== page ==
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  • Writer's pictureWayne

The rebuild begins

As you know from previous blogs, we received finance from the NAB bank on 1st March 2022. This has enabled us to rebuild and again show what is possible with livestock farming. We have recently bought 511 new ewes, 50 of which were already in-lamb and due to lamb from 25th April. All of our ewes are either lambing, or are with rams. We are on the rebuild. No more selling ewes for awhile and dry ewes will be given a second chance until next year, when all being well, we should be close to our target of 5,000-5,500 ewes on our 185ha.

When we reach that target, then dry ewes will not be given a second chance and we will start culling on many features, or lack of features. This includes being much less tolerant of a deficient udder, poor feet and structure, infertility and checking ewes udders at marking to see who has lost their lambs. We will also then be able to monitor individual ewe lamb growth rates and letting worm pressure rise for a little while just so that we can detect who is at the bottom end for worm resistance. When they are identified, they will be drenched but drafted out and looked after separately in the cull mob from where they will be sold as soon as they reach the right weight and condition.

As of today, we now have 403 wethers (late born in 2021), 49 rams, and 2610 ewes. We need to double our ewe numbers as quickly as possible and we are doing that by buying some ewes (no more funds available to purchase more), keeping all ewes for awhile, and putting rams back in the week of the last lambs being due. Fertilising has been done to set the base and more will be applied when needed as much as we financially can.

The ewe lambs currently being born (April 2022) will be joined to rams at the end of this year. I expect more than half of them will have a lamb on the ground by the time they are 12 months old, and will be joined again with the rams.

I don't like DSE (dry sheep equivalent) ratings as they are rubbery. People ask for that information, but it is rubbery and a moving target. For example, to do it accurately, you need to know the weight of every animal and whether it is gaining, maintaining or losing weight. Ewes with lambs at foot to work out their dse depends on how many lambs she has, and how much milk they are taking out of her. But for those who want to know, I will endeavour to keep a track of our DSE's/ha on our Agriwebb software.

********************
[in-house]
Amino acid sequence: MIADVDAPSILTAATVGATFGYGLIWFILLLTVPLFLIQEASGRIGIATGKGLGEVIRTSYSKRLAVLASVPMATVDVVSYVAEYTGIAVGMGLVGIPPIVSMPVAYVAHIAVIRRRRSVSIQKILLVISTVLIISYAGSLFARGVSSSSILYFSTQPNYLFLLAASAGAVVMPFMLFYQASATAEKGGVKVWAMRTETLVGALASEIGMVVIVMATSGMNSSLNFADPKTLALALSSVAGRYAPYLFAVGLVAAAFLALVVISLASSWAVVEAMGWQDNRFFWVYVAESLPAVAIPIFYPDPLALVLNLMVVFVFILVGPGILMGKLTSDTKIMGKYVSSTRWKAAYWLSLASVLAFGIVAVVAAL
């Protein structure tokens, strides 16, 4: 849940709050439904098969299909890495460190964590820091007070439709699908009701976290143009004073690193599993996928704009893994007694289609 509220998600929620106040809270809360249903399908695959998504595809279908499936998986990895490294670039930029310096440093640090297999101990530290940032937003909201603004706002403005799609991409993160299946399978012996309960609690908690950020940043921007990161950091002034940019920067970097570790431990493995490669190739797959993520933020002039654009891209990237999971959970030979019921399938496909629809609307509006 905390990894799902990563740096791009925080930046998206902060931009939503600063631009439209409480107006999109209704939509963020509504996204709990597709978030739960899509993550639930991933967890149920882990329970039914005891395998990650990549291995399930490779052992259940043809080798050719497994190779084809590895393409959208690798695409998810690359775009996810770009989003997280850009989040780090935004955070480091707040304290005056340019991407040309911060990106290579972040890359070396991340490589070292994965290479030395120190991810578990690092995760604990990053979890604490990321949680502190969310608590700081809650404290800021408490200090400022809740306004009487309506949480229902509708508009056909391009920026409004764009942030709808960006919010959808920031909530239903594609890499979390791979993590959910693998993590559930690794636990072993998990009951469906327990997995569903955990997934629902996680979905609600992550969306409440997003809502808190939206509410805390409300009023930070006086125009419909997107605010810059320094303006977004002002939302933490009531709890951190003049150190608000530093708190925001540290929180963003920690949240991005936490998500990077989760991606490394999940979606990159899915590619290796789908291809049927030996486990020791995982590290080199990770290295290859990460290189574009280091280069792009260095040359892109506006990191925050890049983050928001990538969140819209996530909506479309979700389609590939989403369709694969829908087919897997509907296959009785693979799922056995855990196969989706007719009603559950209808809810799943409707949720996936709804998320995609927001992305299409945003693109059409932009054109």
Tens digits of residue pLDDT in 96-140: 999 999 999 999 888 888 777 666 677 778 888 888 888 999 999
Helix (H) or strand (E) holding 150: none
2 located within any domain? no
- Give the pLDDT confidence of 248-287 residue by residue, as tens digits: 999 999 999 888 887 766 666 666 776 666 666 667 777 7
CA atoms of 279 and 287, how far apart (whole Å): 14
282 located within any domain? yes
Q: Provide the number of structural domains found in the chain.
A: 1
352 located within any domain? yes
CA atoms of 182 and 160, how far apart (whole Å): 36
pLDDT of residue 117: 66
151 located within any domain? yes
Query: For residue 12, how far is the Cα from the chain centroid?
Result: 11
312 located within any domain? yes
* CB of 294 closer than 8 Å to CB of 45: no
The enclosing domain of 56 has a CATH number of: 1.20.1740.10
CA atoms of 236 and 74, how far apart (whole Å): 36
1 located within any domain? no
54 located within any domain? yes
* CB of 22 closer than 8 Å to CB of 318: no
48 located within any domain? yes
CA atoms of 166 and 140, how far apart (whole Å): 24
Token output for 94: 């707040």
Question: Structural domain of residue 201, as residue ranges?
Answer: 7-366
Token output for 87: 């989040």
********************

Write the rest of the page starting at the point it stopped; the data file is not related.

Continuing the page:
So using the DSE chart from NSW Ag (, and using our last known weights of each mob and knowledge of lambs at foot or scanned in lamb numbers, our current DSE total works out to be 7961, or 39 DSE/ha. The real figure could be 20% lower or higher than that but I certainly am not going to try and weigh each ewe and lamb while she is lambing or has the lambs at foot and also measure the lambs growth rates. It's the best guesstimate I can make at the moment. I aim to be in the 60-90DSE/ha range all year when we are at our peak numbers. We have a long way to go, but will get there as quickly as we can. Below are some recent photos and comments at the bottom of each photo.

Cleanskin ewes (201) with 403 late born 2021 wethers being moved to their next paddock. Just out of picture behind that last ewe is a one day old lamb. We do move them even though they are lambing. Only when they are in the process of lambing do we leave them behind to be picked up on the next rotation.

50 new ewes just come out of quarantine and into their own paddocks until lambing has ceased. They are due to start lambing from 25th April 2022.

689 mixed ewes are in here lambing. Golf paddock.

Alpha paddock in the foreground about to be grazed after the 823 weaner ewe lambs are brought in from grazing the raceways. They were previously in Bravo paddock, the brown one behind Alpha. Ryegrass and clovers are making their way up while the kike starts slowing down.

Lambs just born in Golf paddock from our mixed ewes. If they are ewe lambs, they will meet the big boys in November this year.

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